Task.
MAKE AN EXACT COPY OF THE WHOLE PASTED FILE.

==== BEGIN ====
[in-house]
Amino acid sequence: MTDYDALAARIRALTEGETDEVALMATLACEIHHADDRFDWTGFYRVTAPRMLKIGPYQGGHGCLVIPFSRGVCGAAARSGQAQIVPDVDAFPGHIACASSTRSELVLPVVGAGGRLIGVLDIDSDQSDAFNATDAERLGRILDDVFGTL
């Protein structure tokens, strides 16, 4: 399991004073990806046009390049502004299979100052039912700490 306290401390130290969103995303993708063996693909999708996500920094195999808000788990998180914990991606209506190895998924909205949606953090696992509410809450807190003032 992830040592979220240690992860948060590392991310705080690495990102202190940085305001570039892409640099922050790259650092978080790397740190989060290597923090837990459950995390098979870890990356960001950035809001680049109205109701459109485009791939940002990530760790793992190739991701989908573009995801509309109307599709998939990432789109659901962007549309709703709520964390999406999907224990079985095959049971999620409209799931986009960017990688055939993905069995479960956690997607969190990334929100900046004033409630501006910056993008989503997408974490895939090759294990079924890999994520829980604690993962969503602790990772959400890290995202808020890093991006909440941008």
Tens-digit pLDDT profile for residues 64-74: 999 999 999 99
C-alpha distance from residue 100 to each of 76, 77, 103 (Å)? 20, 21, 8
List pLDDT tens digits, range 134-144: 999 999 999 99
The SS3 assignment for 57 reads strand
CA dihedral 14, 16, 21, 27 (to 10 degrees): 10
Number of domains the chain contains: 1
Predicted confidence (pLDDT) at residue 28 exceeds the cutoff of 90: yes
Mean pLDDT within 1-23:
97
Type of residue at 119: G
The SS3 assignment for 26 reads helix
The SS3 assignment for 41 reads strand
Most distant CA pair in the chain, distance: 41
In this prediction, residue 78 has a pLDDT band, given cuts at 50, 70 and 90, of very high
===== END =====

[in-house]
Amino acid sequence: MTDYDALAARIRALTEGETDEVALMATLACEIHHADDRFDWTGFYRVTAPRMLKIGPYQGGHGCLVIPFSRGVCGAAARSGQAQIVPDVDAFPGHIACASSTRSELVLPVVGAGGRLIGVLDIDSDQSDAFNATDAERLGRILDDVFGTL
């Protein structure tokens, strides 16, 4: 399991004073990806046009390049502004299979100052039912700490 306290401390130290969103995303993708063996693909999708996500920094195999808000788990998180914990991606209506190895998924909205949606953090696992509410809450807190003032 992830040592979220240690992860948060590392991310705080690495990102202190940085305001570039892409640099922050790259650092978080790397740190989060290597923090837990459950995390098979870890990356960001950035809001680049109205109701459109485009791939940002990530760790793992190739991701989908573009995801509309109307599709998939990432789109659901962007549309709703709520964390999406999907224990079985095959049971999620409209799931986009960017990688055939993905069995479960956690997607969190990334929100900046004033409630501006910056993008989503997408974490895939090759294990079924890999994520829980604690993962969503602790990772959400890290995202808020890093991006909440941008």
Tens-digit pLDDT profile for residues 64-74: 999 999 999 99
C-alpha distance from residue 100 to each of 76, 77, 103 (Å)? 20, 21, 8
List pLDDT tens digits, range 134-144: 999 999 999 99
The SS3 assignment for 57 reads strand
CA dihedral 14, 16, 21, 27 (to 10 degrees): 10
Number of domains the chain contains: 1
Predicted confidence (pLDDT) at residue 28 exceeds the cutoff of 90: yes
Mean pLDDT within 1-23:
97
Type of residue at 119: G
The SS3 assignment for 26 reads helix
The SS3 assignment for 41 reads strand
Most distant CA pair in the chain, distance: 41
In this prediction, residue 78 has a pLDDT band, given cuts at 50, 70 and 90, of very high